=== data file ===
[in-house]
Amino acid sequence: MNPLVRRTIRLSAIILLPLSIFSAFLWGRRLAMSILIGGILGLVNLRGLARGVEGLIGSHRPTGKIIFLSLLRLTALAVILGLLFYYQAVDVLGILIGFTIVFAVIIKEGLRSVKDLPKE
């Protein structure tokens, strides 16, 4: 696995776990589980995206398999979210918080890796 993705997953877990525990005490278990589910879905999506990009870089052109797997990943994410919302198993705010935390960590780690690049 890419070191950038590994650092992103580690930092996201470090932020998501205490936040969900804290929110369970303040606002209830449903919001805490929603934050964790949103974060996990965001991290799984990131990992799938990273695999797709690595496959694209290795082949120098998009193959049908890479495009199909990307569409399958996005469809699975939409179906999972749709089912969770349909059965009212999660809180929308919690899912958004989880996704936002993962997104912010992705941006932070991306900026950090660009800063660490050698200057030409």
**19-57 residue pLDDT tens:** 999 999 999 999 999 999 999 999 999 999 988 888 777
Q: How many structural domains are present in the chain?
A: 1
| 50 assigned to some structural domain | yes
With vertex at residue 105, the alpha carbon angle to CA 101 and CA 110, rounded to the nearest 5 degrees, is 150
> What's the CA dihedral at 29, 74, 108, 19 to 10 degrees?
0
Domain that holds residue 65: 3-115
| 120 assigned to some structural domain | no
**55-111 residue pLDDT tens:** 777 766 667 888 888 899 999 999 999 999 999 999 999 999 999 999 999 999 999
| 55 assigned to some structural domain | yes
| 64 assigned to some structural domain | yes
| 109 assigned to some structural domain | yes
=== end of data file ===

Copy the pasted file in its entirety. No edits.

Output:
[in-house]
Amino acid sequence: MNPLVRRTIRLSAIILLPLSIFSAFLWGRRLAMSILIGGILGLVNLRGLARGVEGLIGSHRPTGKIIFLSLLRLTALAVILGLLFYYQAVDVLGILIGFTIVFAVIIKEGLRSVKDLPKE
């Protein structure tokens, strides 16, 4: 696995776990589980995206398999979210918080890796 993705997953877990525990005490278990589910879905999506990009870089052109797997990943994410919302198993705010935390960590780690690049 890419070191950038590994650092992103580690930092996201470090932020998501205490936040969900804290929110369970303040606002209830449903919001805490929603934050964790949103974060996990965001991290799984990131990992799938990273695999797709690595496959694209290795082949120098998009193959049908890479495009199909990307569409399958996005469809699975939409179906999972749709089912969770349909059965009212999660809180929308919690899912958004989880996704936002993962997104912010992705941006932070991306900026950090660009800063660490050698200057030409």
**19-57 residue pLDDT tens:** 999 999 999 999 999 999 999 999 999 999 988 888 777
Q: How many structural domains are present in the chain?
A: 1
| 50 assigned to some structural domain | yes
With vertex at residue 105, the alpha carbon angle to CA 101 and CA 110, rounded to the nearest 5 degrees, is 150
> What's the CA dihedral at 29, 74, 108, 19 to 10 degrees?
0
Domain that holds residue 65: 3-115
| 120 assigned to some structural domain | no
**55-111 residue pLDDT tens:** 777 766 667 888 888 899 999 999 999 999 999 999 999 999 999 999 999 999 999
| 55 assigned to some structural domain | yes
| 64 assigned to some structural domain | yes
| 109 assigned to some structural domain | yes